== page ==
Quietways: they aren’t working

They were envisaged as routes for cyclists who prefer to use quieter, traffic-calmed streets. And the Mayor’s vision for them was that they were direct, designed as whole routes, segregated from motor traffic where they briefly join busy roads and make use of “filtered permeability” that restricts through motor traffic etc. As part of the mix of infrastructure planned for London cyclists those ideas are to be welcomed.

It’s time, however, to admit that the first Quietways to reach public consultation and begin construction fail to fulfil these ambitions – and as such, they won’t boost cycling numbers. So, what’s gone wrong, and what does TfL urgently need to fix to improve this programme?

Current Quietways proposals fail at key hurdles: busier junctions are often not appropriately treated to separate cyclists from motor vehicle traffic in time and/or space – some of these junctions will remain hostile enough for current cyclists, they certainly won’t enable all-ages, all-abilities cycling or entice those who want quieter routes to cycle; there are also too many busier road sections that are far from “quiet”, without appropriate space for cycling measures – whether that’s protected tracks or modal filters or other methods, too often the proposed design is simply more paint and logos on the road.

Unless Quietways are radically improved, to meet the Mayor’s vision, they will not get many more people cycling – so there’s a real risk the money spent on them won't be good value. On top of that, with some of the Mayoral candidates making positive noises about Quietways over Cycle SuperHighways, there’s a risk that these schemes might end up harming cycling in London if they're prioritised over more controversial, but more effective schemes.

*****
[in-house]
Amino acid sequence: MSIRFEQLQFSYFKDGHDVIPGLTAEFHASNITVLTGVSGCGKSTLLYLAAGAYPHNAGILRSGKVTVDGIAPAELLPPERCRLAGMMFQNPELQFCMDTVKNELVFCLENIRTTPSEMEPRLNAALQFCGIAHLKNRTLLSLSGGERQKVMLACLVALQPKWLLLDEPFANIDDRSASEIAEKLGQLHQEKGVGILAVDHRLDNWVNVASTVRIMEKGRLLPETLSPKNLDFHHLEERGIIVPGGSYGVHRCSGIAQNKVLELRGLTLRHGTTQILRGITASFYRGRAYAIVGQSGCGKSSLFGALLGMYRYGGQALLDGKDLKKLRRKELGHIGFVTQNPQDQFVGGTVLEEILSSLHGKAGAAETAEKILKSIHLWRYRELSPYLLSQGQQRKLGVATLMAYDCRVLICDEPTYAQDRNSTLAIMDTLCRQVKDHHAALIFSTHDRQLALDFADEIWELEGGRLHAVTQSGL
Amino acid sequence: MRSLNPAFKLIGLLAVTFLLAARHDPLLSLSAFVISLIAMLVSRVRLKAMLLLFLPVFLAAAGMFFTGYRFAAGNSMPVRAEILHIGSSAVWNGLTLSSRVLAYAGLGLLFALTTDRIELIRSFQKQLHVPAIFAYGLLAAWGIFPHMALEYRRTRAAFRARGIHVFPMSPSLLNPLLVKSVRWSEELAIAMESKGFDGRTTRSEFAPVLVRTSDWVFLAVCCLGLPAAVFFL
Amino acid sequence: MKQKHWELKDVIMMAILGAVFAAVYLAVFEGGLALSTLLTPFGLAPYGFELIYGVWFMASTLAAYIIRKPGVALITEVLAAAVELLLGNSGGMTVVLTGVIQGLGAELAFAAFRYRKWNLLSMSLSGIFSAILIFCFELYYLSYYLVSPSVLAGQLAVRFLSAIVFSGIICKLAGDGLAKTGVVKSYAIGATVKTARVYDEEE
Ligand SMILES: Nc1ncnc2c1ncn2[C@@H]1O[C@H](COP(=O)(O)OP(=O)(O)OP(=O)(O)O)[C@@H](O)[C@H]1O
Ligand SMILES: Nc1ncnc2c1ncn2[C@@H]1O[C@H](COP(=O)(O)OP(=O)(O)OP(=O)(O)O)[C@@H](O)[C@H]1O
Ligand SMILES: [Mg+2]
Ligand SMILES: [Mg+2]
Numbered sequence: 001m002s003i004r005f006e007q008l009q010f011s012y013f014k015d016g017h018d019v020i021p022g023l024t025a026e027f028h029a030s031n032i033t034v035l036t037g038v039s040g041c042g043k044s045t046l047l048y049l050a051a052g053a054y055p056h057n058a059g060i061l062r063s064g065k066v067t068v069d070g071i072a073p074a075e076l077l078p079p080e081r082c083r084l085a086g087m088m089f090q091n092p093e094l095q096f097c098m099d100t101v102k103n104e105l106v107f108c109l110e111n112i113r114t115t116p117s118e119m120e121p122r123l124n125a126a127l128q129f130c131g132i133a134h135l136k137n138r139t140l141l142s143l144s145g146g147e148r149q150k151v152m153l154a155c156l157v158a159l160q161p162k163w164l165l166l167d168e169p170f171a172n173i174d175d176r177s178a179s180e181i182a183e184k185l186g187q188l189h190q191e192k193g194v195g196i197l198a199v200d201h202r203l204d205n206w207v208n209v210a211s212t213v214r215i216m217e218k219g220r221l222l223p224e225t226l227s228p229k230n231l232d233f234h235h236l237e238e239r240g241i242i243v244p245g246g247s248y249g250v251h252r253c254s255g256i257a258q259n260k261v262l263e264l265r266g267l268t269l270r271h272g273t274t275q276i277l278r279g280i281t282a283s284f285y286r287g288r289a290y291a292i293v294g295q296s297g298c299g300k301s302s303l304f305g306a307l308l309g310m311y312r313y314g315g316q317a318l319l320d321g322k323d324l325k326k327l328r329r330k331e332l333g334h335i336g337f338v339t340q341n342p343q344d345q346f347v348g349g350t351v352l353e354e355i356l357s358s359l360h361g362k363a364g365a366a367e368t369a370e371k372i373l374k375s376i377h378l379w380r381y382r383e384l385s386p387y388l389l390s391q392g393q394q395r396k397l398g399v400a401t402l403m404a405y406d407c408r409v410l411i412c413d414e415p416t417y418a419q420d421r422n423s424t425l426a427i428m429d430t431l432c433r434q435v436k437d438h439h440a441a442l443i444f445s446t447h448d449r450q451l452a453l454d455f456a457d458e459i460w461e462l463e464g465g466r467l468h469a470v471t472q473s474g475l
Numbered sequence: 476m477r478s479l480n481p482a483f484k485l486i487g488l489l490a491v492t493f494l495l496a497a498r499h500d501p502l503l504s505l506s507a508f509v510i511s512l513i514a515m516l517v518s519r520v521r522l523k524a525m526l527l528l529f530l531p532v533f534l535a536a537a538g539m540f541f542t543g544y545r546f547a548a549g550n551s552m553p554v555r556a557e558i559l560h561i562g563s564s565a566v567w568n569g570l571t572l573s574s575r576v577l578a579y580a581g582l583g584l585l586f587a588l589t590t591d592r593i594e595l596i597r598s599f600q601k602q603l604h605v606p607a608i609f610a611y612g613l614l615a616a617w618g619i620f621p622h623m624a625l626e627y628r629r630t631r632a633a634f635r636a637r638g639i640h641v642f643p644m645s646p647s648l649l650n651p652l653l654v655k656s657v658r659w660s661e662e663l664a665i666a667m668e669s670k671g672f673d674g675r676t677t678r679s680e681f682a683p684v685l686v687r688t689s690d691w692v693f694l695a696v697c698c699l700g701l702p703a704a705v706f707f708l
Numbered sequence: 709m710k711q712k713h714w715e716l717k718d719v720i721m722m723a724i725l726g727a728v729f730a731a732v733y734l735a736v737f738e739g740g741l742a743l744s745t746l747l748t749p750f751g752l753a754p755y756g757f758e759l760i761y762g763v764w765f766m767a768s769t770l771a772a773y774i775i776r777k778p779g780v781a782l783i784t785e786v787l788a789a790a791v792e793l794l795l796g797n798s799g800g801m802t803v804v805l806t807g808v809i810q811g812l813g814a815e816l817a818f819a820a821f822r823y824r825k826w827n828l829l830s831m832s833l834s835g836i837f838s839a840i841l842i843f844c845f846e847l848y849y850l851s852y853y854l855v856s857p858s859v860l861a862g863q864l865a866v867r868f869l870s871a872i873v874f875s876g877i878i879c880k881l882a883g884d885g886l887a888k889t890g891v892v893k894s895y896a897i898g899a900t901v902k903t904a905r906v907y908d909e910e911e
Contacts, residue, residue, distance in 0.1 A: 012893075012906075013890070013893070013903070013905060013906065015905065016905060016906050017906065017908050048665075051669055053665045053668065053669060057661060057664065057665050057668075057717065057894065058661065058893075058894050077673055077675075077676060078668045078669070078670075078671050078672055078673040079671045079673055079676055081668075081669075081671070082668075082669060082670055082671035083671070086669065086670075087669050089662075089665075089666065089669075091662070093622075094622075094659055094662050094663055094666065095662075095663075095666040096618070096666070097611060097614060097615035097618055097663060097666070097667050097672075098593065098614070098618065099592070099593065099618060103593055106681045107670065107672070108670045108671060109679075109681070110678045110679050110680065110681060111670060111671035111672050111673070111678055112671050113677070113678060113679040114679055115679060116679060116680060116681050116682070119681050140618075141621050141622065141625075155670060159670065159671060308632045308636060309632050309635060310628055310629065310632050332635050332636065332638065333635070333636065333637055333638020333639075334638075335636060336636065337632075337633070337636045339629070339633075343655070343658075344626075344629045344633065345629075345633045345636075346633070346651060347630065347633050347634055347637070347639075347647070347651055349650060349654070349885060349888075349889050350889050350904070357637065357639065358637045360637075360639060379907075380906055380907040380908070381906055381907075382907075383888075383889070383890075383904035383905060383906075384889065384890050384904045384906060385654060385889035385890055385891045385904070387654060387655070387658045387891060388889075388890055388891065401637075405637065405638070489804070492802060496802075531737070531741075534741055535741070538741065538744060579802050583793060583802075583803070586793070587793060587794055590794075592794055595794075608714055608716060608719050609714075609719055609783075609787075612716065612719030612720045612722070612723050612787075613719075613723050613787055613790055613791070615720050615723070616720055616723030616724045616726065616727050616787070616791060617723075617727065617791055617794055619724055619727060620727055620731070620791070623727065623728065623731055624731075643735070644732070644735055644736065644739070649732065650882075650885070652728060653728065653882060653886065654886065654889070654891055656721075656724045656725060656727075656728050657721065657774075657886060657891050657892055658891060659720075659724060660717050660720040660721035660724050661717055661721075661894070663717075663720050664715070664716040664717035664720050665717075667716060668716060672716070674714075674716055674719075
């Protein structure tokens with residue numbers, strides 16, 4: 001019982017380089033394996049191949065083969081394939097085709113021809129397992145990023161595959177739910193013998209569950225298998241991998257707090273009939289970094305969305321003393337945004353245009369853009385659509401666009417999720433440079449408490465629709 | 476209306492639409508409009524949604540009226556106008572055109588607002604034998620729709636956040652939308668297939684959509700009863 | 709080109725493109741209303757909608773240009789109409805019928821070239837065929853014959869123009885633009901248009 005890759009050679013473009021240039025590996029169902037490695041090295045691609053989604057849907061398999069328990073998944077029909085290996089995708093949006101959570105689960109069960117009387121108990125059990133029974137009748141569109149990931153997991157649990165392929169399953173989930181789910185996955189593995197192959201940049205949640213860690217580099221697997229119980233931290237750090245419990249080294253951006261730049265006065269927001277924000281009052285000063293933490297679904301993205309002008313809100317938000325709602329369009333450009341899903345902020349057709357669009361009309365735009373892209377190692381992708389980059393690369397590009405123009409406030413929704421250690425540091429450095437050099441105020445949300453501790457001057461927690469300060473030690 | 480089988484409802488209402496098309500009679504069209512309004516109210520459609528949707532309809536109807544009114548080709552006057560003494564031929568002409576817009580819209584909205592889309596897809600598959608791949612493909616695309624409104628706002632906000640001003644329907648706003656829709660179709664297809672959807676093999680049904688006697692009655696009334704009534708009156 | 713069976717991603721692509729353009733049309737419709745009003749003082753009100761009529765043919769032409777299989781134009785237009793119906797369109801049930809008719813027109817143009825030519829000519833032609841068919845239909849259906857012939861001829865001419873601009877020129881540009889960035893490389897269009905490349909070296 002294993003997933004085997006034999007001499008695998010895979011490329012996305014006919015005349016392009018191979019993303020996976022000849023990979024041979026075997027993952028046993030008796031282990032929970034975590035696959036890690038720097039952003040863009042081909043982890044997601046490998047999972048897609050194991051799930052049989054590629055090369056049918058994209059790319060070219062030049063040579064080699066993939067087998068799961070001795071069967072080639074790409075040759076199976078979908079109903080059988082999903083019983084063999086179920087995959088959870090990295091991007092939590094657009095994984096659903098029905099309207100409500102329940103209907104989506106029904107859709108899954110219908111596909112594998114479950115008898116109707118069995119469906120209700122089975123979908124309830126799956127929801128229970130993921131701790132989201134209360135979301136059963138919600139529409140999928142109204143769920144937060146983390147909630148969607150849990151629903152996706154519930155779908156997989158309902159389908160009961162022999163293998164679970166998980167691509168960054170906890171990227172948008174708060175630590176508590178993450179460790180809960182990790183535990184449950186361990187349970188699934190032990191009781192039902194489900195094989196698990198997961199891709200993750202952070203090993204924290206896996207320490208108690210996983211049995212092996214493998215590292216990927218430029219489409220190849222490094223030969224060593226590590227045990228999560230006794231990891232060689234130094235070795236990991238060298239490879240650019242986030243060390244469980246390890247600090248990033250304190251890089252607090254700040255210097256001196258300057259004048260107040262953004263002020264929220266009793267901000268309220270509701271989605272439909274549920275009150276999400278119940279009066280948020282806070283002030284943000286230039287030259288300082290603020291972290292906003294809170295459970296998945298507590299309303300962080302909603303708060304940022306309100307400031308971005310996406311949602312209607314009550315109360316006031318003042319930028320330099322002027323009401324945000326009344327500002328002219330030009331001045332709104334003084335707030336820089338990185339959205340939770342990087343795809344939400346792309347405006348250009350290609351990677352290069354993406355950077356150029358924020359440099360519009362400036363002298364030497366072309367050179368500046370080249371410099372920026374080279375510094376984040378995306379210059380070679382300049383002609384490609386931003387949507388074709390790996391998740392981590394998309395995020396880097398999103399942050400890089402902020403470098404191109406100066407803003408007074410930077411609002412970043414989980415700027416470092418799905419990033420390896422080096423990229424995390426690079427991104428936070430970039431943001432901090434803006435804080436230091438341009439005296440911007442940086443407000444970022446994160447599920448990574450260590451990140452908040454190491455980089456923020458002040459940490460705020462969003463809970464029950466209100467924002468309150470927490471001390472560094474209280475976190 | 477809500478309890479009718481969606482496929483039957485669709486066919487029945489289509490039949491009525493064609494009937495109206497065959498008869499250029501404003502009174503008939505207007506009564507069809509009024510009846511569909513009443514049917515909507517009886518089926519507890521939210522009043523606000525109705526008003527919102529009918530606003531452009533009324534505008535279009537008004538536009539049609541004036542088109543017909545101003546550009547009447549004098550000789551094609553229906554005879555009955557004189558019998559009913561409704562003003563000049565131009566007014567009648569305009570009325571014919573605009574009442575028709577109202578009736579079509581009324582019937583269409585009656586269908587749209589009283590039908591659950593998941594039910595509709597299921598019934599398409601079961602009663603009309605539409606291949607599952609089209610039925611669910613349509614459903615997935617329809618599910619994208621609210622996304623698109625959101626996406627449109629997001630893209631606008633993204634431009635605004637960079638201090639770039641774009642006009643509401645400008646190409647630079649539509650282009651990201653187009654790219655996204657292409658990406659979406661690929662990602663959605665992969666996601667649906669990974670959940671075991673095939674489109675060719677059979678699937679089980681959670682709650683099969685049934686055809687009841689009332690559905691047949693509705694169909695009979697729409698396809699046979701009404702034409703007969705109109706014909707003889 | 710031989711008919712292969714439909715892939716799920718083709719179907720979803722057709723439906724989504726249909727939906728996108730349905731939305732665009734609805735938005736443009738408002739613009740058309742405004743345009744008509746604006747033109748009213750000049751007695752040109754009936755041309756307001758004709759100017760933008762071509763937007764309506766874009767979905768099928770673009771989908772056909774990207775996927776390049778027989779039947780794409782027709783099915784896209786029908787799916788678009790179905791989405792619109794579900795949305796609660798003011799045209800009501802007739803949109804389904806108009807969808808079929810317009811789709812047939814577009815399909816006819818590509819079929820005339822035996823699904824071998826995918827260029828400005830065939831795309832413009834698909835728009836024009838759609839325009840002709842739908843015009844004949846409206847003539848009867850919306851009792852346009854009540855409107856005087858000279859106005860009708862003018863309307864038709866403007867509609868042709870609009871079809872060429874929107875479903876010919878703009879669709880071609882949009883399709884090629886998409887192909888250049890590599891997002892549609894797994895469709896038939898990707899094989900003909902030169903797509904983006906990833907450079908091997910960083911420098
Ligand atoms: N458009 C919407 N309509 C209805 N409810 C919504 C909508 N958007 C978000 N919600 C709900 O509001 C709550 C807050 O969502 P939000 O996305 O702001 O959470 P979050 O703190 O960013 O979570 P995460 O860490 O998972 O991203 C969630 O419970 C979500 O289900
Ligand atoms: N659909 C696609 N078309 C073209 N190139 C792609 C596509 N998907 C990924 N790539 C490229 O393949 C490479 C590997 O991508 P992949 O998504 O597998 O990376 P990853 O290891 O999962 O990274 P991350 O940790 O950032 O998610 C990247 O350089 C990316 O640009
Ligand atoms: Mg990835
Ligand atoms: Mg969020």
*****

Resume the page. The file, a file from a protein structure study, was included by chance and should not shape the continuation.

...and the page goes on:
Today, we are calling on the London Mayor, his cycling commissioner, TfL and the boroughs involved to urgently take steps together to fix the gaps and problems in the first Quietway routes, and to improve the programme before any more go to public consultation. Because if Quietways don't meet the standards set by the Mayor and as detailed in the London Cycling Design Standards, we can't and won't support them.

Want to help us improve a Quietway in your local area? Get in touch with your local group and email Simon Munk, our Infrastructure Campaigner.

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